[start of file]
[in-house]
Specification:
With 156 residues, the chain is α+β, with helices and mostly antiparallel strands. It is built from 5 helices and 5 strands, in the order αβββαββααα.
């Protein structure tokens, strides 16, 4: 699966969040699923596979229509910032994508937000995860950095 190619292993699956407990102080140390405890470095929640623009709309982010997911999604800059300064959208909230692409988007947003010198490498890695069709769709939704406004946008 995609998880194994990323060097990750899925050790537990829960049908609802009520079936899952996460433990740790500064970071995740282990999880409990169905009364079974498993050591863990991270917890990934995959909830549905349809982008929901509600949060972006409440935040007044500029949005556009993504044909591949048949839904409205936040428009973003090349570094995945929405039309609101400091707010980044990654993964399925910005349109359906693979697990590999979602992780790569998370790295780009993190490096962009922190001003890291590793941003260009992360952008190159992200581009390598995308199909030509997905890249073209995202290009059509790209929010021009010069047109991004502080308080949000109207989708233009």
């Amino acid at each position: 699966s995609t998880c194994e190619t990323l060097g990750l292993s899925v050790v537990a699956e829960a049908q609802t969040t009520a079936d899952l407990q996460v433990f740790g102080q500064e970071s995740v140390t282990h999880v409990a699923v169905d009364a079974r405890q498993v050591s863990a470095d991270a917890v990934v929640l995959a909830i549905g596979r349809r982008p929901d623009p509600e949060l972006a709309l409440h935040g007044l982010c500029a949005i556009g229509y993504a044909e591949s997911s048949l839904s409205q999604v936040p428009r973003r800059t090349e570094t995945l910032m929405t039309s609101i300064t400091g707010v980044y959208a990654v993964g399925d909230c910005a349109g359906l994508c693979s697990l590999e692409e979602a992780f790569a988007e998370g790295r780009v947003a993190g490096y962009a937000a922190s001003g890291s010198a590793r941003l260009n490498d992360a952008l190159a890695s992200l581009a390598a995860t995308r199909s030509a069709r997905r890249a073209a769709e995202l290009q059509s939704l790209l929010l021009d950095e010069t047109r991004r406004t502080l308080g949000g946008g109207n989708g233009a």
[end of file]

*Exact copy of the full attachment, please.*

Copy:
[in-house]
Specification:
With 156 residues, the chain is α+β, with helices and mostly antiparallel strands. It is built from 5 helices and 5 strands, in the order αβββαββααα.
């Protein structure tokens, strides 16, 4: 699966969040699923596979229509910032994508937000995860950095 190619292993699956407990102080140390405890470095929640623009709309982010997911999604800059300064959208909230692409988007947003010198490498890695069709769709939704406004946008 995609998880194994990323060097990750899925050790537990829960049908609802009520079936899952996460433990740790500064970071995740282990999880409990169905009364079974498993050591863990991270917890990934995959909830549905349809982008929901509600949060972006409440935040007044500029949005556009993504044909591949048949839904409205936040428009973003090349570094995945929405039309609101400091707010980044990654993964399925910005349109359906693979697990590999979602992780790569998370790295780009993190490096962009922190001003890291590793941003260009992360952008190159992200581009390598995308199909030509997905890249073209995202290009059509790209929010021009010069047109991004502080308080949000109207989708233009």
């Amino acid at each position: 699966s995609t998880c194994e190619t990323l060097g990750l292993s899925v050790v537990a699956e829960a049908q609802t969040t009520a079936d899952l407990q996460v433990f740790g102080q500064e970071s995740v140390t282990h999880v409990a699923v169905d009364a079974r405890q498993v050591s863990a470095d991270a917890v990934v929640l995959a909830i549905g596979r349809r982008p929901d623009p509600e949060l972006a709309l409440h935040g007044l982010c500029a949005i556009g229509y993504a044909e591949s997911s048949l839904s409205q999604v936040p428009r973003r800059t090349e570094t995945l910032m929405t039309s609101i300064t400091g707010v980044y959208a990654v993964g399925d909230c910005a349109g359906l994508c693979s697990l590999e692409e979602a992780f790569a988007e998370g790295r780009v947003a993190g490096y962009a937000a922190s001003g890291s010198a590793r941003l260009n490498d992360a952008l190159a890695s992200l581009a390598a995860t995308r199909s030509a069709r997905r890249a073209a769709e995202l290009q059509s939704l790209l929010l021009d950095e010069t047109r991004r406004t502080l308080g949000g946008g109207n989708g233009a």